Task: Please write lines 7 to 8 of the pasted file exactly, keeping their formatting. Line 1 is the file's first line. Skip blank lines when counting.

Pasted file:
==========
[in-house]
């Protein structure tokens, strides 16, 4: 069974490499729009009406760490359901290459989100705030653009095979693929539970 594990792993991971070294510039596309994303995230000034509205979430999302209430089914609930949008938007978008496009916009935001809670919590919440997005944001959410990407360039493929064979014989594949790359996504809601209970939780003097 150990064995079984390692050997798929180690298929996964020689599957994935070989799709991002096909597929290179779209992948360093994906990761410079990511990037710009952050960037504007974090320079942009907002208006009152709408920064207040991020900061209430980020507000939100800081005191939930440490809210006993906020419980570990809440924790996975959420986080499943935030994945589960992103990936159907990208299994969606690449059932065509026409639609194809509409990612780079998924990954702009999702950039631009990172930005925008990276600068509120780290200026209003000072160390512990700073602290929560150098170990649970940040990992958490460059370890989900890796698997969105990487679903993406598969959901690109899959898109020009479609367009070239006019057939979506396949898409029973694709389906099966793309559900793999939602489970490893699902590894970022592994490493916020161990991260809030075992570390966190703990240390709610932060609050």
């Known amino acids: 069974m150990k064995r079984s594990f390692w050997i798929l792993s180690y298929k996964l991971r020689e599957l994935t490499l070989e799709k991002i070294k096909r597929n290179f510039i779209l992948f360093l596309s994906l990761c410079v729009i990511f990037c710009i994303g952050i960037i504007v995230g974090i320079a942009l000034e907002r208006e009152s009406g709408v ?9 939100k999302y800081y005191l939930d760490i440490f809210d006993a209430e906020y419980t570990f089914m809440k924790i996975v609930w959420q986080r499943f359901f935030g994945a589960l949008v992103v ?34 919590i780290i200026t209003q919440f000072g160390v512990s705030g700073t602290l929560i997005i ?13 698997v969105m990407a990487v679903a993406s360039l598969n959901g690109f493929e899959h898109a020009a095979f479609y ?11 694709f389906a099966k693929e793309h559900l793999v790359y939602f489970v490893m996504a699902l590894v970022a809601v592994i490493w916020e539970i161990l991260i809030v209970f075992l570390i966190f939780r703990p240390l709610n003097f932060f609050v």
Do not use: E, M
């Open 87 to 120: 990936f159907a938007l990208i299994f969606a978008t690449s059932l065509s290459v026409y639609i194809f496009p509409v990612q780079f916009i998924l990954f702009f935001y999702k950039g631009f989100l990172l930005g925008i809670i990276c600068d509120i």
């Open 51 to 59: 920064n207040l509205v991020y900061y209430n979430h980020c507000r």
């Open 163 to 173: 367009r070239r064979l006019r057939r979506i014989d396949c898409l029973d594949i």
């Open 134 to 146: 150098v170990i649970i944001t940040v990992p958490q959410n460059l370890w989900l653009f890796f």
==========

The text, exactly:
């Open 163 to 173: 367009r070239r064979l006019r057939r979506i014989d396949c898409l029973d594949i």
């Open 134 to 146: 150098v170990i649970i944001t940040v990992p958490q959410n460059l370890w989900l653009f890796f």